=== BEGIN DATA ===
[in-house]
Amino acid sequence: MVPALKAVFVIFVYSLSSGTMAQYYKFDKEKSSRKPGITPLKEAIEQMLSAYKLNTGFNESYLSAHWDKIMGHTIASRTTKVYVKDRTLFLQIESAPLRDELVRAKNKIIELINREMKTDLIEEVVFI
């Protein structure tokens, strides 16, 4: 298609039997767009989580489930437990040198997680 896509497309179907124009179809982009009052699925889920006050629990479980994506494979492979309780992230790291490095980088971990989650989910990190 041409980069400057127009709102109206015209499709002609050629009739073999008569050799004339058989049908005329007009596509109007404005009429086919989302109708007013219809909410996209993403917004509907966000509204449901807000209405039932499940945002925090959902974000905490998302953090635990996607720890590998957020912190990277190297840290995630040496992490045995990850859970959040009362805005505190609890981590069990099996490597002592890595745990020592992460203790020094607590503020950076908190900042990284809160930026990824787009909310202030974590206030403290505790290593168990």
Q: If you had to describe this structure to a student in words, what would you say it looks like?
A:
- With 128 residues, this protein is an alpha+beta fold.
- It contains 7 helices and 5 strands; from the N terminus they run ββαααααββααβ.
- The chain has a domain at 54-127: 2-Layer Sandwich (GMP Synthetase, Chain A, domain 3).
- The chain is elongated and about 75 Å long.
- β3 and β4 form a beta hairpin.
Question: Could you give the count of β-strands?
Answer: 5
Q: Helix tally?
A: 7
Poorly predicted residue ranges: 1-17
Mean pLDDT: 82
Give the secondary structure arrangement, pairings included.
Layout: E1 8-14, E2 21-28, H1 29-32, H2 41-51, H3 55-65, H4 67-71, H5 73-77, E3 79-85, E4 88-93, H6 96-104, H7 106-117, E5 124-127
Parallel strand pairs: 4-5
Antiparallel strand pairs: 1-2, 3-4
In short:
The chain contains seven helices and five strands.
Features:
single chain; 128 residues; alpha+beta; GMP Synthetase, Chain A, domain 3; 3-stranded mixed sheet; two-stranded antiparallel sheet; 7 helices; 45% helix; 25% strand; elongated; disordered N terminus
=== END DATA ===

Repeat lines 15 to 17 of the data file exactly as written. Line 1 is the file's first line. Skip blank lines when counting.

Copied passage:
Poorly predicted residue ranges: 1-17
Mean pLDDT: 82
Give the secondary structure arrangement, pairings included.